As long as the epoxy is warm, this is okay. When laying epoxy in cold weather conditions, in an unheated garage, for example, make sure it is kept off the cold concrete floor or placed over mild heat. Once you have finished the job for the day, place the bottles in a box and store them in a warm place; an airing cupboard or boiler room would be ideal. If the weather is extremely cold and you are working in a shed with no heating, for example, it is best to warm the wood with a heat source instead of trying to heat the entire shed.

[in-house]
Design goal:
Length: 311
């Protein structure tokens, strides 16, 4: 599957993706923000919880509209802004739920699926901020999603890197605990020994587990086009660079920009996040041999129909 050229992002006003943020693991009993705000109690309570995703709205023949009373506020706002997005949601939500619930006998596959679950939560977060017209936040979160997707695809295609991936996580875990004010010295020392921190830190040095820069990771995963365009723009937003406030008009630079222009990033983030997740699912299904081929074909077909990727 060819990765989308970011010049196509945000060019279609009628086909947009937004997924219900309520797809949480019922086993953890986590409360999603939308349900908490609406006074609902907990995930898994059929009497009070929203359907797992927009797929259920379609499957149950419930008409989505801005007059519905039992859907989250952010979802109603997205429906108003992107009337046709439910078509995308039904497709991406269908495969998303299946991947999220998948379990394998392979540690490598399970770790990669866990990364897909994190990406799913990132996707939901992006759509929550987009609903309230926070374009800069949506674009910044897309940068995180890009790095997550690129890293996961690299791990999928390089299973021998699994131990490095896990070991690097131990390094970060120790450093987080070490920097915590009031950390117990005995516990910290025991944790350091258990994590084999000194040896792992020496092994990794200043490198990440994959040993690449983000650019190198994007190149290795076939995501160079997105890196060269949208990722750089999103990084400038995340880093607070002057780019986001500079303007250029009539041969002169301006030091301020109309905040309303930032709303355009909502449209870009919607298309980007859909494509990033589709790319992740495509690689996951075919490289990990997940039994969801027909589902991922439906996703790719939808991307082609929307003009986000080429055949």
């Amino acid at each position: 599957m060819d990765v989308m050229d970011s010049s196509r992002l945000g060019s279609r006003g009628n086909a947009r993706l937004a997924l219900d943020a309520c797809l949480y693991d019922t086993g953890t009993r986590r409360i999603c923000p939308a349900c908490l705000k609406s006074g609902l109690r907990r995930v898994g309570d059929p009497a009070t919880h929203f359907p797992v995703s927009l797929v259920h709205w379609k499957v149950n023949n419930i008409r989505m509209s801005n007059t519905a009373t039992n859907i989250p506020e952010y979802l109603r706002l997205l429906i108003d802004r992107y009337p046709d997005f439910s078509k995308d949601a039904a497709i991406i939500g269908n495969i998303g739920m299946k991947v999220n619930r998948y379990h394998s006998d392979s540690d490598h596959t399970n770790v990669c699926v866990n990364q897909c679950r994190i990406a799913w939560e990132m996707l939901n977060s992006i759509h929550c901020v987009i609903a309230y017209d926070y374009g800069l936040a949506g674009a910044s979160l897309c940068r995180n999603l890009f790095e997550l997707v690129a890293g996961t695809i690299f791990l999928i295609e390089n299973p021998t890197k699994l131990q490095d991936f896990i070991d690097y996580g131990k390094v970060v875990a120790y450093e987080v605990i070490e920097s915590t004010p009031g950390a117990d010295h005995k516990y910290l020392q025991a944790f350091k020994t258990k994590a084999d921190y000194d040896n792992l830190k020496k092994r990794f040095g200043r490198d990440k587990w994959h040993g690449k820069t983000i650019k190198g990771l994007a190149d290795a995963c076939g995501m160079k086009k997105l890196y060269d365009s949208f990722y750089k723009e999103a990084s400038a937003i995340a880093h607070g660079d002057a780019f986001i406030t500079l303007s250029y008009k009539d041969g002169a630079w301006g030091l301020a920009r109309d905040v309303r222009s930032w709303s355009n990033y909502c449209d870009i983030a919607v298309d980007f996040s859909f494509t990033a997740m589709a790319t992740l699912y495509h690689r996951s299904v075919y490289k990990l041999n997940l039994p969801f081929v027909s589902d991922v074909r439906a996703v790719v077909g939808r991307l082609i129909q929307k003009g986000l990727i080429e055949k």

The trouble with epoxy resin is the fact that it becomes viscous when exposed to the cold for any significant period of time, and it will eventually crystallize. As a result, you will find it tough to dispense, and mixing it will be a significant challenge.
If this happens, you need to be patient when bringing the resin back to a useable state. This can be achieved by warming the bottles and contents in a process that takes several hours and is likely to be extremely frustrating. It also means a great deal of time can be lost on a project if you only have a few hours at a time to work. The best method of heating the epoxy resin is to place the bottles in hot water.